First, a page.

Article Text

Download PDFPDF

FRI0726 Long term use of analgesics and nsaids in early ra: lessons from the carera study
  1. S Pazmino1,
  2. R Westhovens1,2,
  3. V Stouten1,
  4. J Joly2,
  5. K Van Der Elst2,3,
  6. P Verschueren1,2,
  7. on behalf of CareRA study group
  1. 1Skeletal Biology and Engineering Research Centre, KU Leuven Department of Development and Regeneration
  2. 2Rheumatology, University Hospitals Leuven
  3. 3Skeletal Biology and Engineering Research Centre, KU Leuven Department of Public Health and Primary Care, Leuven, Belgium


Background One might consider pain accompanying musculoskeletal conditions as a separate illness entity deserving specific treatment. A subgroup of early Rheumatoid Arthritis (RA) patients has remaining pain despite adequate disease control and this might be reflected in the use of analgesics and NSAIDs.

Objectives To investigate the usage of analgesics and antiphlogistics prospectively in the pragmatic randomized controlled CareRA trial and describe the users of such drugs taking into account body mass index (BMI), VAS pain and DAS28CRP.

Methods This study utilized data from the CareRA trial, a 2-year prospective investigator-initiated multicentre pragmatic RCT in patients with early RA (≤1 year) comparing different early intensive treat to target strategies, including glucocorticoid (GC) bridging, aiming for remission in all participants.

All concomitant medication for each patient was recorded, including: name, dose, frequency/timing, continuous/intermittent use, start/end date and indication (possibly/definitely RA-related or other). Meaningful sub-classifications were made (analgesics, cox2-selective and non-selective NSAIDs). We defined two subgroups with prolonged analgesic/NSAID use till w104: the pre-induction group starting before/at baseline (BL) and the post-induction group starting w28-w52, after GC step-down.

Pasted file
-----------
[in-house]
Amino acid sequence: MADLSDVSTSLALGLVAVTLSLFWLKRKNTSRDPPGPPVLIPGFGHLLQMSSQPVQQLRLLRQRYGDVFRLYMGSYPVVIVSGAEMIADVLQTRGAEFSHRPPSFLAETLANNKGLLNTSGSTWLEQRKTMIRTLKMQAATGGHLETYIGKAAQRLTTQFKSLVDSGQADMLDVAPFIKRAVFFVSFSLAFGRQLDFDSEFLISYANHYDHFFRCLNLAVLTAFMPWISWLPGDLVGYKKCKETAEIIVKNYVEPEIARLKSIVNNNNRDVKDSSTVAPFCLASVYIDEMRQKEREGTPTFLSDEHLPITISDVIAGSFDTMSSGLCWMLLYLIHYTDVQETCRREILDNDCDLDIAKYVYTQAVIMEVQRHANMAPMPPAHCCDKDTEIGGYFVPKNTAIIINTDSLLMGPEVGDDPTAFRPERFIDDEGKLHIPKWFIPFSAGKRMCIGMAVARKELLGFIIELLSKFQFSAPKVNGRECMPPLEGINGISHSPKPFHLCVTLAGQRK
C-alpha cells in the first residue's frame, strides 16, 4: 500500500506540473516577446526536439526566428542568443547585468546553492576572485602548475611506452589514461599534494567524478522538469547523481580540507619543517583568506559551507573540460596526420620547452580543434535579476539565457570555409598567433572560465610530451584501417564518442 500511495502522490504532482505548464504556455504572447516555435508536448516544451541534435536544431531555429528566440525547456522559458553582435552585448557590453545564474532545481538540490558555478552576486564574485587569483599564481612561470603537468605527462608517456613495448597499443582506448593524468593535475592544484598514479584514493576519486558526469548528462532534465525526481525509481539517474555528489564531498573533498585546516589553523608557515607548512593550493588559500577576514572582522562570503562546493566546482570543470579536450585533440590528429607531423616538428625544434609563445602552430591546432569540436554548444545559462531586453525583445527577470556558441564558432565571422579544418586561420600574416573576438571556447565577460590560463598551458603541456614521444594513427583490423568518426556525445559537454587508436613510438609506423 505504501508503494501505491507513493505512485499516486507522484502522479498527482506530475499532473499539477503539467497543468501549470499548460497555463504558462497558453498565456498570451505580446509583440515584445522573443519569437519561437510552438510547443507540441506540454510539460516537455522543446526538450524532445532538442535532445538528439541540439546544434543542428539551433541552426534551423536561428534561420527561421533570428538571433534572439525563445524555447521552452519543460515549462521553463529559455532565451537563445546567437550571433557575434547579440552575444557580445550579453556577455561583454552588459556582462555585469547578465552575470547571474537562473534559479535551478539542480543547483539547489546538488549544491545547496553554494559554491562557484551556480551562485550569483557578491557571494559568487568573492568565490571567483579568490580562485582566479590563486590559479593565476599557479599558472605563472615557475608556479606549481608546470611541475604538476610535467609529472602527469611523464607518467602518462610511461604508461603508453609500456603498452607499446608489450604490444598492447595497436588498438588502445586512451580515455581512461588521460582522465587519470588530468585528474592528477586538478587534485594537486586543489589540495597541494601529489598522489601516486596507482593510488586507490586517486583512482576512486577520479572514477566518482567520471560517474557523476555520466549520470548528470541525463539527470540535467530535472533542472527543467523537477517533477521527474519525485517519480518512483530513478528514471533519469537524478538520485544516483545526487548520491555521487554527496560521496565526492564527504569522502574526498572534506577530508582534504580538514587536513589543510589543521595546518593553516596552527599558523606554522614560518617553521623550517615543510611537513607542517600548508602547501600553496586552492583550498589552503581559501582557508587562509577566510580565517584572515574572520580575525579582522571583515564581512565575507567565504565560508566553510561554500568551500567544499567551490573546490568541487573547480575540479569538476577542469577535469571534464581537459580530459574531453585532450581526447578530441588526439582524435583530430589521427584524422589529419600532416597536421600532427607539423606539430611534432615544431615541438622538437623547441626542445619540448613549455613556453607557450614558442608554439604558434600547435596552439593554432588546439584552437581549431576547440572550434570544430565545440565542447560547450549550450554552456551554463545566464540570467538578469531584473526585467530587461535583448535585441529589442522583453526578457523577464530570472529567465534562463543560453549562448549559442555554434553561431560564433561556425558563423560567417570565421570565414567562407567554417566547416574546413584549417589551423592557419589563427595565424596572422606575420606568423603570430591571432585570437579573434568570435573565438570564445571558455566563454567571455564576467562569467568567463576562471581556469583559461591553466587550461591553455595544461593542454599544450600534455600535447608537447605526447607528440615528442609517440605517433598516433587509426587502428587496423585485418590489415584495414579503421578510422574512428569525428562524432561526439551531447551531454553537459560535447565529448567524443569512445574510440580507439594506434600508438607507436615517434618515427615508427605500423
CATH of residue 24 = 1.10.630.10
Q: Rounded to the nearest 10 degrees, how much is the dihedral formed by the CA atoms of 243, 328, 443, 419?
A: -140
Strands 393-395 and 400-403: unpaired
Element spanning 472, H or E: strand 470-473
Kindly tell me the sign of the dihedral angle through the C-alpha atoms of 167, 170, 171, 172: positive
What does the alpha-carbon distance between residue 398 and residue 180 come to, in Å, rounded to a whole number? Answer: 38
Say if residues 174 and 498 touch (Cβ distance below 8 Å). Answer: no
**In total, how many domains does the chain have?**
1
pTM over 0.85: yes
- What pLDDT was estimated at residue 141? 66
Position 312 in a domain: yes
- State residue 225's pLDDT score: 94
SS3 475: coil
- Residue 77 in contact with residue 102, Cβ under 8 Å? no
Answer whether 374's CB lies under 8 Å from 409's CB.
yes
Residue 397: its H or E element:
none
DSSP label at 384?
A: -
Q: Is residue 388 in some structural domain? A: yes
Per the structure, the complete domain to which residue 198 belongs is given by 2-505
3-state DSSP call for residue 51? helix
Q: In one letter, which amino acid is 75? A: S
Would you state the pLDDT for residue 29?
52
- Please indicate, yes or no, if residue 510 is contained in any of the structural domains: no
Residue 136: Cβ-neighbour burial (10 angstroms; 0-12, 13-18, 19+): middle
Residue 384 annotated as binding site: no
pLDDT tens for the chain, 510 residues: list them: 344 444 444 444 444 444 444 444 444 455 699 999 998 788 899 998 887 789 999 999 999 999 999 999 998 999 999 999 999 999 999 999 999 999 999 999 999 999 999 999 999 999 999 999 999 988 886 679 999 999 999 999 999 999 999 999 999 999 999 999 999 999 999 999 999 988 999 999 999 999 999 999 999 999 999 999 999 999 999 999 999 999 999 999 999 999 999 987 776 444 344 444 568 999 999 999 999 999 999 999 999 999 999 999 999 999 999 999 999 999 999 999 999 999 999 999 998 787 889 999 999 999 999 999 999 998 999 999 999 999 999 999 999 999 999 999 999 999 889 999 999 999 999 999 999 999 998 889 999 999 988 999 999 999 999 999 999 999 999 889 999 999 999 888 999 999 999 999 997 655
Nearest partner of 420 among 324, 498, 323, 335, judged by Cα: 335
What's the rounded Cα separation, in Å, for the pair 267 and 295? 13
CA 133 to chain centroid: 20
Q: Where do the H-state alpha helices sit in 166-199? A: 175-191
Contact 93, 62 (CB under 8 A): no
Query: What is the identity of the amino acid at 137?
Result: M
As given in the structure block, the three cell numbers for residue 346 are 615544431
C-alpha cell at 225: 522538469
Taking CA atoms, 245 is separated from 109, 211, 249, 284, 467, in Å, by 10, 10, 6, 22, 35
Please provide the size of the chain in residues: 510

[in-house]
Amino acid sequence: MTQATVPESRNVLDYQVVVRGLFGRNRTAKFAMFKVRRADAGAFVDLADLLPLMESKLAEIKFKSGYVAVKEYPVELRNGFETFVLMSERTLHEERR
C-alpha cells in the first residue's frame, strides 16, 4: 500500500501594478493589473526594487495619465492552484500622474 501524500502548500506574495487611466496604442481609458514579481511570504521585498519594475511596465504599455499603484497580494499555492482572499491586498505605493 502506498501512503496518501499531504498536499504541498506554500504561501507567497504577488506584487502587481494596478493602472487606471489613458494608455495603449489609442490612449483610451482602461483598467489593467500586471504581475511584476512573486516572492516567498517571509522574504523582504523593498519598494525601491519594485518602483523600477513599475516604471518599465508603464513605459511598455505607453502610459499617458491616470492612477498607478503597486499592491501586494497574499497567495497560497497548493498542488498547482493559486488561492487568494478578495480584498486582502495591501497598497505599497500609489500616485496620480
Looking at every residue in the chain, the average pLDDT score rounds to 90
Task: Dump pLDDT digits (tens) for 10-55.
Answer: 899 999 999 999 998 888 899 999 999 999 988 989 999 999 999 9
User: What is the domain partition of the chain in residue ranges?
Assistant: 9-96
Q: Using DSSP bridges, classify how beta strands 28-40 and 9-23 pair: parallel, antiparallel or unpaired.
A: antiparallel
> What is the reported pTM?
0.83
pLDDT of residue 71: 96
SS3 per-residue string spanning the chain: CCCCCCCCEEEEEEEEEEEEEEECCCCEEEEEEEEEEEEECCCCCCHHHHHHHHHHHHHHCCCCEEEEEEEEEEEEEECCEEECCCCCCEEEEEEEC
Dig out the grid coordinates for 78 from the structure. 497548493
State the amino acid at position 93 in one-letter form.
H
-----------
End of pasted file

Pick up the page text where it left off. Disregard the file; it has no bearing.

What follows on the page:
Results From the CareRA cohort (n=379), 90% were on analgesics/NSAIDs at some time during the study and 84% had already started before inclusion (mean 24 weeks). In general, we observed a decreasing trend in the use of analgesics/NSAIDs, with a slight increase after GC step-down. Overall, 266 patients used non-selective and 131 cox2-selective NSAIDs, 154 paracetamol and 85 opioids.

Of the total population, 15, 5% (53 patients) started long-term analgesics/NSAIDs before/at BL (pre-induction group) and 13% (45 patients) from w28-w52 (post-induction group).

A detailed distribution of on-demand/daily analgesic/NSAID use is provided in the table below.

Table 1

Proportionally more patients were using NSAIDs in the post-induction group and paracetamol in the pre-induction group.

Mean DAS28CRP (BL-w104) in the pre-induction group was 3.11 (±0.70) and mean VAS pain 32.7 (±16.3). In this group 62.3% had sustained low disease activity while taking continuous analgesics/NSAIDs. Results in the post-induction group were comparable.

Analgesic/NSAID use was not significantly associated with mean (BL-w104) BMI, DAS28CRP or VAS pain.

Conclusions Analgesics/NSAID intake in early RA was high (90%) and remarkably about 30% continued using these drugs, despite overall low disease activity. This high consumption might be explained by the ambiguous nature of arthritis-related pain and the lack of differentiation between nociceptive and non-nociceptive pain. Therefore pain management in early RA deserves more attention.


  1. Verschueren, P. et al. ffectiveness of MTX with step-down glucocorticoid remission induction (COBRA Slim) vs other intensive treatment strategies for early RA in a treat-to-target approach: 1-year results of CareRA, a randomised pragmatic open-label superiority trial. Ann Rheum Dis.


Disclosure of Interest None declared

Statistics from

Request Permissions

If you wish to reuse any or all of this article please use the link below which will take you to the Copyright Clearance Center’s RightsLink service. You will be able to get a quick price and instant permission to reuse the content in many different ways.